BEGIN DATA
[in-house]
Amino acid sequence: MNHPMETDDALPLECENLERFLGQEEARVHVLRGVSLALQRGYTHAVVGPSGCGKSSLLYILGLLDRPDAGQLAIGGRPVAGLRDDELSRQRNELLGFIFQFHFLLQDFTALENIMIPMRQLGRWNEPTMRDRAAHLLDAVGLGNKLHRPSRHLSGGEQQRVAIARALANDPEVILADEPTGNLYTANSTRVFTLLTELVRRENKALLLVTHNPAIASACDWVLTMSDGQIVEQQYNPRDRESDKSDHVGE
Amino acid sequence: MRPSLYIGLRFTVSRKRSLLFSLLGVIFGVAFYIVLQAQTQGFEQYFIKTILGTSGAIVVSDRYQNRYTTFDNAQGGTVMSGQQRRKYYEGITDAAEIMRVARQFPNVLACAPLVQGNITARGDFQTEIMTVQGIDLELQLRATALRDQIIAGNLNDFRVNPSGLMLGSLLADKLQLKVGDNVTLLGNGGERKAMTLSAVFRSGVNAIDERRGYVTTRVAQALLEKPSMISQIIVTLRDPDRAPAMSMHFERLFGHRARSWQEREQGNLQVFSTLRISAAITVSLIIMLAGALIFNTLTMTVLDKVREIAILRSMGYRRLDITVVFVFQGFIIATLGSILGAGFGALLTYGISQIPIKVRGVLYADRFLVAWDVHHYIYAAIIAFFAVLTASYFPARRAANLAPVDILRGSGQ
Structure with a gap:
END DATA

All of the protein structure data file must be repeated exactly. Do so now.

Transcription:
[in-house]
Amino acid sequence: MNHPMETDDALPLECENLERFLGQEEARVHVLRGVSLALQRGYTHAVVGPSGCGKSSLLYILGLLDRPDAGQLAIGGRPVAGLRDDELSRQRNELLGFIFQFHFLLQDFTALENIMIPMRQLGRWNEPTMRDRAAHLLDAVGLGNKLHRPSRHLSGGEQQRVAIARALANDPEVILADEPTGNLYTANSTRVFTLLTELVRRENKALLLVTHNPAIASACDWVLTMSDGQIVEQQYNPRDRESDKSDHVGE
Amino acid sequence: MRPSLYIGLRFTVSRKRSLLFSLLGVIFGVAFYIVLQAQTQGFEQYFIKTILGTSGAIVVSDRYQNRYTTFDNAQGGTVMSGQQRRKYYEGITDAAEIMRVARQFPNVLACAPLVQGNITARGDFQTEIMTVQGIDLELQLRATALRDQIIAGNLNDFRVNPSGLMLGSLLADKLQLKVGDNVTLLGNGGERKAMTLSAVFRSGVNAIDERRGYVTTRVAQALLEKPSMISQIIVTLRDPDRAPAMSMHFERLFGHRARSWQEREQGNLQVFSTLRISAAITVSLIIMLAGALIFNTLTMTVLDKVREIAILRSMGYRRLDITVVFVFQGFIIATLGSILGAGFGALLTYGISQIPIKVRGVLYADRFLVAWDVHHYIYAAIIAFFAVLTASYFPARRAANLAPVDILRGSGQ
Structure with a gap: